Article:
Laying a Solid Foundation | Lesson 3

Medicare Supplement Coverage Options

As we discussed in the last lesson, most states use 10 standardized options for their Medicare Supplements.

And because Medicare loves alphabet soup, I want to mention here, Med Supp Plans include A, B, C, D, F, G, K, L, M, and N.

To dig in a bit more to what these plans cover, we’ll use this helpful chart for reference.

Let’s review plans A through N to get a better overview of what each plan covers.

Plan A offers the most basic coverage and covers the Part A coinsurance and hospital cost for an additional 365 days after a beneficiary’s lifetime reserve days are used up.

Plan A also covers Part B coinsurance or copayment, the first three pints of blood, and Part A hospice coinsurance or copayment.

Plan B covers all the same items as Plan A, and also covers the Medicare Part A Deductible.

In addition to everything covered in Plan B, Plan D also covers the coinsurance for skilled nursing facilities and 80 percent of the costs for medically necessary emergency care outside of the United States.

Next up is plan G.

Plan G covers the Part B excess charge on top of all of the items covered in Plan D.

If you recall from our Original Medicare module, excess charges are an additional charge that a provider can bill a beneficiary if that provider does not accept Medicare Assignment.

Continuing on, coverage looks a little bit different for plans K and L.

Let’s look at plan K first.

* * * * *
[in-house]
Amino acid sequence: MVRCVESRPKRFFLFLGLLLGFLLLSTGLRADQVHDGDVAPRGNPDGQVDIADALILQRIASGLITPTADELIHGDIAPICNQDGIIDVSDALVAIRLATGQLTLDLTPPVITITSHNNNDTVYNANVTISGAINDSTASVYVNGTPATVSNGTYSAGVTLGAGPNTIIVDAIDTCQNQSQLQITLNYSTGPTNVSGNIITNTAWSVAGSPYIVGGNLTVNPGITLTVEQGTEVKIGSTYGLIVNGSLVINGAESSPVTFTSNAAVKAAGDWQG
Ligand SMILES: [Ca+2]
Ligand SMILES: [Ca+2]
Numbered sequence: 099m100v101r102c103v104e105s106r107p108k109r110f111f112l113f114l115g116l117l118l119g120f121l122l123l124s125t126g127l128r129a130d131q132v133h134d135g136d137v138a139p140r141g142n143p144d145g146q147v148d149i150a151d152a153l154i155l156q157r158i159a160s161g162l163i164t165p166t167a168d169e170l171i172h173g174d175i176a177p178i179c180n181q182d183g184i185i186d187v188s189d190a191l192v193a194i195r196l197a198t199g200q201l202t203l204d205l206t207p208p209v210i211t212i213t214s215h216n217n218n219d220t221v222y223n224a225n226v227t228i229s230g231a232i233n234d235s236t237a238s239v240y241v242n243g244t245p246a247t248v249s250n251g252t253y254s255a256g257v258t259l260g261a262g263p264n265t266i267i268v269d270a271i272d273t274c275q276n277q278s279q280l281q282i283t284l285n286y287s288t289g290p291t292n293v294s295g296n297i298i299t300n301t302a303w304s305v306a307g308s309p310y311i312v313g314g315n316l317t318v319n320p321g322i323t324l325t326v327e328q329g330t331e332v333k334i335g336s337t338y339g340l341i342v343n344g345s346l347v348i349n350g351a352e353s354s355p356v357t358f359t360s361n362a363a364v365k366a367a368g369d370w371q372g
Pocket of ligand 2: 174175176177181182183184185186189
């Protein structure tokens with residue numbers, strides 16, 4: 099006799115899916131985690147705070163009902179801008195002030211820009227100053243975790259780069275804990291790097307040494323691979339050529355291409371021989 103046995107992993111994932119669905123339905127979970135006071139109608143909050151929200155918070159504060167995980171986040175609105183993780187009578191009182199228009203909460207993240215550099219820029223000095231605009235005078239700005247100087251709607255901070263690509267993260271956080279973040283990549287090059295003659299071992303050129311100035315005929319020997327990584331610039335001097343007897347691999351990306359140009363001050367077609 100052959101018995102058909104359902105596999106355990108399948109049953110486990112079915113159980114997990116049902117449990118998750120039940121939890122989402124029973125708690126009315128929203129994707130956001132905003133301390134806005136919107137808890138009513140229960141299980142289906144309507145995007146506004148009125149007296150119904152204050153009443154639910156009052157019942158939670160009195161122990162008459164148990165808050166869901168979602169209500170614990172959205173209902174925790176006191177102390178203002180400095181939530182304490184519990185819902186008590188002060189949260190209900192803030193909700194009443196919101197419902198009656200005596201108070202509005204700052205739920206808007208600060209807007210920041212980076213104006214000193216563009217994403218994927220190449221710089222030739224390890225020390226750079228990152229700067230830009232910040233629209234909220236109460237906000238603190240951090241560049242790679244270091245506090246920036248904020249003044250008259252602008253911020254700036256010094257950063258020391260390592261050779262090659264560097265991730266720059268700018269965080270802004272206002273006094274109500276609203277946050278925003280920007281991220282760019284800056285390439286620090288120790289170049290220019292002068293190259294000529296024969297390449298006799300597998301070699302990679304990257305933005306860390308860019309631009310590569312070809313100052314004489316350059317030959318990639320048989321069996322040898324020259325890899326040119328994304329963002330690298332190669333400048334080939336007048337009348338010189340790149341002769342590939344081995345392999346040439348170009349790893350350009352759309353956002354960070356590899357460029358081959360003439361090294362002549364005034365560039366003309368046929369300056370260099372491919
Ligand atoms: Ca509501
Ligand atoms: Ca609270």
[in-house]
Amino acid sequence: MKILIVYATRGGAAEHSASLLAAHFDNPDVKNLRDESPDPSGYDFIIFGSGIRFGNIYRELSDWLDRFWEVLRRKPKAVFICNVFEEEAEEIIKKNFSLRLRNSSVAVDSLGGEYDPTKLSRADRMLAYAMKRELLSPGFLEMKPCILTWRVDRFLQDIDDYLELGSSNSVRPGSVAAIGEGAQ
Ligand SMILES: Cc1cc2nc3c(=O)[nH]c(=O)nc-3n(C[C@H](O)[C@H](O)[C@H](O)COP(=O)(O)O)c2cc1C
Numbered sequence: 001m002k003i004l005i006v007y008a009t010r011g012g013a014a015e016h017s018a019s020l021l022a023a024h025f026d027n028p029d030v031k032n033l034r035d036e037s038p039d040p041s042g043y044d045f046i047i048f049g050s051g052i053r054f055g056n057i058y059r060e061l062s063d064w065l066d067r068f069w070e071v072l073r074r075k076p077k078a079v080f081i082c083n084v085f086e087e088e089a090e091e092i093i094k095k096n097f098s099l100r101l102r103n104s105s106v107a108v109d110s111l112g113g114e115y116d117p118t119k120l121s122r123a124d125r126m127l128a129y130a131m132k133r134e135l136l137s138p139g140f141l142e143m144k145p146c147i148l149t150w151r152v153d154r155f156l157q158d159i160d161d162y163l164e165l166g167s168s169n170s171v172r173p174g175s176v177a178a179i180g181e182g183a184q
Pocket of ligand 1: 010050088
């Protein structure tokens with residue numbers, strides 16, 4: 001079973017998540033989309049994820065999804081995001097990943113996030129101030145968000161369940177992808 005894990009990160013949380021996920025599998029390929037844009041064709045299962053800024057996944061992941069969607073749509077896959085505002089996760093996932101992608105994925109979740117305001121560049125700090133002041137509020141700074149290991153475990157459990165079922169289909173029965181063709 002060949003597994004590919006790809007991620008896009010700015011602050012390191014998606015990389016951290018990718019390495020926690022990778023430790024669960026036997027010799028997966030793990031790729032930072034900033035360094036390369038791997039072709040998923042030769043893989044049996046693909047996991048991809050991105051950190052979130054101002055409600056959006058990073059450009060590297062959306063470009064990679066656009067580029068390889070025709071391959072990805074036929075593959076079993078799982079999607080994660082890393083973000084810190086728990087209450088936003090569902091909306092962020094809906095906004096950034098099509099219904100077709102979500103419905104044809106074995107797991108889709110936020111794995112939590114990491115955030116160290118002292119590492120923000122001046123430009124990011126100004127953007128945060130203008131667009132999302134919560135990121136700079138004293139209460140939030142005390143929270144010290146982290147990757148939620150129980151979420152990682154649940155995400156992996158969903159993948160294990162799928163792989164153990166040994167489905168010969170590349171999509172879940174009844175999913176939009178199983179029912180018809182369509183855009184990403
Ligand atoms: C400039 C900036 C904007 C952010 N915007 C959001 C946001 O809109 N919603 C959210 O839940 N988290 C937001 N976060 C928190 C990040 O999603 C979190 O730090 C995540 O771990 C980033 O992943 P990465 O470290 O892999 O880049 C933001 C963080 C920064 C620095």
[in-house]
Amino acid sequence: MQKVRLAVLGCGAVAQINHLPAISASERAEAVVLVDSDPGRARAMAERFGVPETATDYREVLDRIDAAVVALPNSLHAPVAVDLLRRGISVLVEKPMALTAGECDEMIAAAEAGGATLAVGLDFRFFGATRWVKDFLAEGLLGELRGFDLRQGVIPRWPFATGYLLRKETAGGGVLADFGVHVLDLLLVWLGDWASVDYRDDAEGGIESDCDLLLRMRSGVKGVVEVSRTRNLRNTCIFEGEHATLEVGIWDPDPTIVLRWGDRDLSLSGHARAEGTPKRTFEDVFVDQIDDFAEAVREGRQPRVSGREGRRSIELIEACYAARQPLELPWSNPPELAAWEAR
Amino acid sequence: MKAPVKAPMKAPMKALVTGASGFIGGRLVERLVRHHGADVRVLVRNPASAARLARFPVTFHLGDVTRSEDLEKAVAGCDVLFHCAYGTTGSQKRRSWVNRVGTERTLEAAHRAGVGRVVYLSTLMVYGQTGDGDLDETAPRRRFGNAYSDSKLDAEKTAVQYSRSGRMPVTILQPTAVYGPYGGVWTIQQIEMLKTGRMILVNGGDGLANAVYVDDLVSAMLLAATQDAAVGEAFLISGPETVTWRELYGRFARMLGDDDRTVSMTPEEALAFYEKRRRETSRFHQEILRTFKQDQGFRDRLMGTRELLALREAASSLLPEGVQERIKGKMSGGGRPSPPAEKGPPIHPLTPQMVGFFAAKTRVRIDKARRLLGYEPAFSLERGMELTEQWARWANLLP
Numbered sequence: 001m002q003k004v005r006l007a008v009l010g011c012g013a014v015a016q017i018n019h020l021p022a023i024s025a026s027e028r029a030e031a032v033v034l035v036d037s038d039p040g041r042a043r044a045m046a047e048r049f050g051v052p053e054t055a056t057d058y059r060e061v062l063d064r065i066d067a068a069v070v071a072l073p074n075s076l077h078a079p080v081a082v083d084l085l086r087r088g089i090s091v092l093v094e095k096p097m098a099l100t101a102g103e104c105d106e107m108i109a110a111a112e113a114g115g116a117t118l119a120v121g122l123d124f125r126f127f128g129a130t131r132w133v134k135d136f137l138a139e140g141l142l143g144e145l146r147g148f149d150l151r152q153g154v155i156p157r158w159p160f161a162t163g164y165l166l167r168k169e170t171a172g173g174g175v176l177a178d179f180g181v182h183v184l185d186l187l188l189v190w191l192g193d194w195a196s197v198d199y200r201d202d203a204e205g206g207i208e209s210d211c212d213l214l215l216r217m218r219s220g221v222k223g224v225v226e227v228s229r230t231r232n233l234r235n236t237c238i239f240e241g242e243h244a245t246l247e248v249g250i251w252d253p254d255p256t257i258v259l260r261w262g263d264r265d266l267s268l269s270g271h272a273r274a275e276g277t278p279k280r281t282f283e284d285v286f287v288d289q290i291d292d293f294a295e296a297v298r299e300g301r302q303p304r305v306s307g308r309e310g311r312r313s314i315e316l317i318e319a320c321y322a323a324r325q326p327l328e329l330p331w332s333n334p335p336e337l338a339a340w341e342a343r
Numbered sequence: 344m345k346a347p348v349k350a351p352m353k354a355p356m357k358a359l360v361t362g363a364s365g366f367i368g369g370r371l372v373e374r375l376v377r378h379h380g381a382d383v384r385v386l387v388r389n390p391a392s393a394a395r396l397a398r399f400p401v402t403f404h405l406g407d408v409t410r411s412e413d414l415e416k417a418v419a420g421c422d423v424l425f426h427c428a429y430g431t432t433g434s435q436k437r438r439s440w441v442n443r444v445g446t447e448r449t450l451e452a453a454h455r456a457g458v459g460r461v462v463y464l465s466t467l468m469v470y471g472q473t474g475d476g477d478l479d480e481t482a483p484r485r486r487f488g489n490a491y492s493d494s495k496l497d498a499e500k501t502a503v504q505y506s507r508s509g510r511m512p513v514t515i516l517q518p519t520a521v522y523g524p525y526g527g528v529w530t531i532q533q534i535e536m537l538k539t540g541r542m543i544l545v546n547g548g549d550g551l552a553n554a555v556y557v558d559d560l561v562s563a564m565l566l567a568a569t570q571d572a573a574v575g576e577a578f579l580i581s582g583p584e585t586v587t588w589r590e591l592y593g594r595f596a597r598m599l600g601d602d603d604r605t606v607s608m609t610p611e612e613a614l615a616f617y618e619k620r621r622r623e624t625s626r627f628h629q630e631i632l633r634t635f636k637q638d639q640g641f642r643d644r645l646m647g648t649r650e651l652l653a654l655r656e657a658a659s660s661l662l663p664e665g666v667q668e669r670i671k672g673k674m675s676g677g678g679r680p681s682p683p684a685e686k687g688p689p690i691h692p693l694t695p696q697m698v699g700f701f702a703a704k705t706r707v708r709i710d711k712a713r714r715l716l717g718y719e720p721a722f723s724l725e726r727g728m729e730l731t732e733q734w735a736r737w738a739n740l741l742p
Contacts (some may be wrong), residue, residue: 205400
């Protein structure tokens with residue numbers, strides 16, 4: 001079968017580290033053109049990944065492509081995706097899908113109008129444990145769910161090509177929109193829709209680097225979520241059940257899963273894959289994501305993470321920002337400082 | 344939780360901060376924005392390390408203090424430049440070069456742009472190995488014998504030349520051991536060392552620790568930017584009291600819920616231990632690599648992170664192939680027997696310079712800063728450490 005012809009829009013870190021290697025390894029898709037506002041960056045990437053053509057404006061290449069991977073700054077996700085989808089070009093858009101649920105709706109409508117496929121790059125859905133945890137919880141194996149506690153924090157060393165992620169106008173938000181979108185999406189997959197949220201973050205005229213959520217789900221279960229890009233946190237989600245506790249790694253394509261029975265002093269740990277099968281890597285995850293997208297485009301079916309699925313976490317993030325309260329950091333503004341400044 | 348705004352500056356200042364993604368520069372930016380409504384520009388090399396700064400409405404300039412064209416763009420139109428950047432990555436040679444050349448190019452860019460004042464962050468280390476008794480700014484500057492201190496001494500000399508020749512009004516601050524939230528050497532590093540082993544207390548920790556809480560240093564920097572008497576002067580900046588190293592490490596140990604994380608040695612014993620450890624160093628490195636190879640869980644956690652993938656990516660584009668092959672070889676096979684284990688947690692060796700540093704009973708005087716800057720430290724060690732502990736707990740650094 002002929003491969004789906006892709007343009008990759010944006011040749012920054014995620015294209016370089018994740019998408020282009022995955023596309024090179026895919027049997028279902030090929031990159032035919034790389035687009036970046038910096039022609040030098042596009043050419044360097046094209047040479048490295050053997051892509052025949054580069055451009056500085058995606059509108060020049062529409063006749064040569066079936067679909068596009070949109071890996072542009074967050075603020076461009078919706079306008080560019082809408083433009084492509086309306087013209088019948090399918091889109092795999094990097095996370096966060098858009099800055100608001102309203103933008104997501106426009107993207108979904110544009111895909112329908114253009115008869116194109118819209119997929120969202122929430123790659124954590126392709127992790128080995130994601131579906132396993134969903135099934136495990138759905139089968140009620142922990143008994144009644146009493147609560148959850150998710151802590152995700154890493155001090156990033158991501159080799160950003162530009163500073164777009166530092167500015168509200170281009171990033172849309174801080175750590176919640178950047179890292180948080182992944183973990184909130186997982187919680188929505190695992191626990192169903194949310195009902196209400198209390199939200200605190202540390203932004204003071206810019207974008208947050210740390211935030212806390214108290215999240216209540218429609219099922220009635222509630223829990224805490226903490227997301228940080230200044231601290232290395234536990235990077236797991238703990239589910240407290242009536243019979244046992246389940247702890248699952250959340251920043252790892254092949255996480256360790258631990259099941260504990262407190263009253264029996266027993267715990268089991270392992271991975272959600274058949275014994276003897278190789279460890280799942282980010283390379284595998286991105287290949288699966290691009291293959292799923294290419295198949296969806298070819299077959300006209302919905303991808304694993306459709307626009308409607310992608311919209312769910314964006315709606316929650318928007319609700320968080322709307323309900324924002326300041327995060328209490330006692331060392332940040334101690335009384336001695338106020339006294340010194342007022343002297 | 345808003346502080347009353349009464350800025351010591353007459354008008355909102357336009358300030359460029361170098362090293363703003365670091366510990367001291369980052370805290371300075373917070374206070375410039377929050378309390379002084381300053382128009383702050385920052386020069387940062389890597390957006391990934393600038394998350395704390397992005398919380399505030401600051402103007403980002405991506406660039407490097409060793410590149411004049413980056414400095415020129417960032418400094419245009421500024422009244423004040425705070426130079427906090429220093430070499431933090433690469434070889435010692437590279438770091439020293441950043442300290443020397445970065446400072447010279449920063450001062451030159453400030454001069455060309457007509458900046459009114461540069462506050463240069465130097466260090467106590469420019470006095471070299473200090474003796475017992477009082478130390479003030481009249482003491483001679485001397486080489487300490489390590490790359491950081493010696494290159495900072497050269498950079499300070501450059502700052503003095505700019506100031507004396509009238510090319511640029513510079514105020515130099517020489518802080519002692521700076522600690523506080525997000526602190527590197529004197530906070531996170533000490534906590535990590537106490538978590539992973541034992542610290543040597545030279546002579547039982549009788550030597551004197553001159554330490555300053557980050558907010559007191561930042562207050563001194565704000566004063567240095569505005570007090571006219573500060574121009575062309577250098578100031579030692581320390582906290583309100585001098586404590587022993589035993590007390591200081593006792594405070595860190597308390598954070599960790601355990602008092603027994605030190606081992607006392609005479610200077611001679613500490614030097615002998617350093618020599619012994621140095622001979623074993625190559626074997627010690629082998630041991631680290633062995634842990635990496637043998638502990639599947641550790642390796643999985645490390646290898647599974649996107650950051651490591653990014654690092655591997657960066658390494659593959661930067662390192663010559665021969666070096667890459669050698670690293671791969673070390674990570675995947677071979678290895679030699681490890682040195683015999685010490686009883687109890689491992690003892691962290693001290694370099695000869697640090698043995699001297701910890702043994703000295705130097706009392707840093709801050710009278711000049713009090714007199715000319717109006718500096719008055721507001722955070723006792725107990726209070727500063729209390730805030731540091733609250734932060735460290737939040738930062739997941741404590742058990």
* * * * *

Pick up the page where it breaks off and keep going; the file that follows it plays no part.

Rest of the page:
Plan K covers the Part A coinsurance as well as those hospital costs for the extra 365 days, just like the other plans we’ve discussed.

However, Plan K uses a cost-sharing method that is a little bit different than the other plans.

For the Part B coinsurance, first 3 pints of blood, Part A hospice coinsurance, skilled nursing coinsurance, and the part A deductible, Plan K will cover 50 percent of that cost and the beneficiary will cover the other 50 percent.

Once the beneficiary hits the out-of-pocket limit, their plan will then cover 100 percent of the costs for those services.

Plan L is similar to Plan K.

The main difference being that Plan L will cover 75 percent of those services mentioned, and the beneficiary will cover the other 25 percent.

Just like Plan K, when a beneficiary reaches their out-of-pocket limit, Plan L will cover 100 percent of those covered services.

Plan M bears more similarity to the other plans we’ve discussed.

Plan M essentially covers the same items as plan D, but only covers 50 percent of the Part A deductible.

Plan N is also similar to Plan D.

However, it differs in the coverage of the part B coinsurance.

Plan N will cover 100 percent of the Part B coinsurance except for a copayment of up to $20 for some office visits and up to $50 for emergency room visits that don’t result in inpatient admission.

So why did we skip over Plans C and F?

We wanted to cover Plans C and F last as these plans are only available to beneficiaries who were first eligible for Medicare before January 1, 2020.

Plan C includes all the same items that are covered in Plan D, and also covers the Part B Deductible.

Similarly, plan F covers all the items included in plan C, while also covering part B excess charges.

I know that is a lot to digest, so let’s break these coverage options to three categories: most coverage, middle-of-the-road coverage, and lower premiums.

Plan C, D, F, and G offer the most coverage, but are also the most expensive options.

Plan M and N offer a little less coverage but usually have lower premiums.

Meanwhile, Plans A, B, K, and L offer more limited coverage generally for the lowest premiums.

Speaking of premiums, our next lesson focuses on the various factors that affect Medicare Supplement premiums.

We’ll see you there!

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